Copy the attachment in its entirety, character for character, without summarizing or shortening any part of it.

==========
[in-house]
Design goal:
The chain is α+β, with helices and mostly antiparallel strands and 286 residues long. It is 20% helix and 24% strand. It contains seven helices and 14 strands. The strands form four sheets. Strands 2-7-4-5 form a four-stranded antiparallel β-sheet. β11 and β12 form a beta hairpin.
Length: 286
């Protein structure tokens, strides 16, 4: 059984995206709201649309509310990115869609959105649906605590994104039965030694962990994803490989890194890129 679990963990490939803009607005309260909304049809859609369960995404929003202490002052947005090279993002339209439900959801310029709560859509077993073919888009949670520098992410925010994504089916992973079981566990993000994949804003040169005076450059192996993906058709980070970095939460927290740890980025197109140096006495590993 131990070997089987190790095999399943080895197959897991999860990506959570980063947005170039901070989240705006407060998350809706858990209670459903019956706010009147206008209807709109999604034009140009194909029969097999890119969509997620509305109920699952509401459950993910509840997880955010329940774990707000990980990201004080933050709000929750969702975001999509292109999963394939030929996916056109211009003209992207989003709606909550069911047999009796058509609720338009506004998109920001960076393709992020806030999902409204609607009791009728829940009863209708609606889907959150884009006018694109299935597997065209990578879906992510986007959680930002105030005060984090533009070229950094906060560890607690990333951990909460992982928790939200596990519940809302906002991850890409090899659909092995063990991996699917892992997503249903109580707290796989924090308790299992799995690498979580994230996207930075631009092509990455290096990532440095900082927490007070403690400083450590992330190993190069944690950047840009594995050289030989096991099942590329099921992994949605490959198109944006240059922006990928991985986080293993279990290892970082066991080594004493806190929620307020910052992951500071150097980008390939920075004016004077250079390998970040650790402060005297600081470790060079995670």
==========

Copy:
[in-house]
Design goal:
The chain is α+β, with helices and mostly antiparallel strands and 286 residues long. It is 20% helix and 24% strand. It contains seven helices and 14 strands. The strands form four sheets. Strands 2-7-4-5 form a four-stranded antiparallel β-sheet. β11 and β12 form a beta hairpin.
Length: 286
């Protein structure tokens, strides 16, 4: 059984995206709201649309509310990115869609959105649906605590994104039965030694962990994803490989890194890129 679990963990490939803009607005309260909304049809859609369960995404929003202490002052947005090279993002339209439900959801310029709560859509077993073919888009949670520098992410925010994504089916992973079981566990993000994949804003040169005076450059192996993906058709980070970095939460927290740890980025197109140096006495590993 131990070997089987190790095999399943080895197959897991999860990506959570980063947005170039901070989240705006407060998350809706858990209670459903019956706010009147206008209807709109999604034009140009194909029969097999890119969509997620509305109920699952509401459950993910509840997880955010329940774990707000990980990201004080933050709000929750969702975001999509292109999963394939030929996916056109211009003209992207989003709606909550069911047999009796058509609720338009506004998109920001960076393709992020806030999902409204609607009791009728829940009863209708609606889907959150884009006018694109299935597997065209990578879906992510986007959680930002105030005060984090533009070229950094906060560890607690990333951990909460992982928790939200596990519940809302906002991850890409090899659909092995063990991996699917892992997503249903109580707290796989924090308790299992799995690498979580994230996207930075631009092509990455290096990532440095900082927490007070403690400083450590992330190993190069944690950047840009594995050289030989096991099942590329099921992994949605490959198109944006240059922006990928991985986080293993279990290892970082066991080594004493806190929620307020910052992951500071150097980008390939920075004016004077250079390998970040650790402060005297600081470790060079995670």